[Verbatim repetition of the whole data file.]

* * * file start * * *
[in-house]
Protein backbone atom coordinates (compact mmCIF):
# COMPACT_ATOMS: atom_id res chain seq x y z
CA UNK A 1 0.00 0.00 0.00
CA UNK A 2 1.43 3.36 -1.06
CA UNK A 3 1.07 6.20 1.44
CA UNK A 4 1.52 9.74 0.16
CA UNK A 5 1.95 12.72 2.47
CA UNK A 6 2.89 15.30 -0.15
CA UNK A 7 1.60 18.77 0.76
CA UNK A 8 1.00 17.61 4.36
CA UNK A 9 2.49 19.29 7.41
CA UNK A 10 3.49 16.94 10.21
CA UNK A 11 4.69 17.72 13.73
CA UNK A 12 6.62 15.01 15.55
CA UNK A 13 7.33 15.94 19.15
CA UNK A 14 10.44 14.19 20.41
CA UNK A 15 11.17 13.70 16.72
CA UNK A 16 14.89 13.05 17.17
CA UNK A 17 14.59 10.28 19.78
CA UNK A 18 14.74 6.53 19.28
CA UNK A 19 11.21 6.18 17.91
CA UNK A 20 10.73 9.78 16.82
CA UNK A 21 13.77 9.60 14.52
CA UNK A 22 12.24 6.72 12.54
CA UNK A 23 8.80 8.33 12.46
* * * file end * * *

[in-house]
Protein backbone atom coordinates (compact mmCIF):
# COMPACT_ATOMS: atom_id res chain seq x y z
CA UNK A 1 0.00 0.00 0.00
CA UNK A 2 1.43 3.36 -1.06
CA UNK A 3 1.07 6.20 1.44
CA UNK A 4 1.52 9.74 0.16
CA UNK A 5 1.95 12.72 2.47
CA UNK A 6 2.89 15.30 -0.15
CA UNK A 7 1.60 18.77 0.76
CA UNK A 8 1.00 17.61 4.36
CA UNK A 9 2.49 19.29 7.41
CA UNK A 10 3.49 16.94 10.21
CA UNK A 11 4.69 17.72 13.73
CA UNK A 12 6.62 15.01 15.55
CA UNK A 13 7.33 15.94 19.15
CA UNK A 14 10.44 14.19 20.41
CA UNK A 15 11.17 13.70 16.72
CA UNK A 16 14.89 13.05 17.17
CA UNK A 17 14.59 10.28 19.78
CA UNK A 18 14.74 6.53 19.28
CA UNK A 19 11.21 6.18 17.91
CA UNK A 20 10.73 9.78 16.82
CA UNK A 21 13.77 9.60 14.52
CA UNK A 22 12.24 6.72 12.54
CA UNK A 23 8.80 8.33 12.46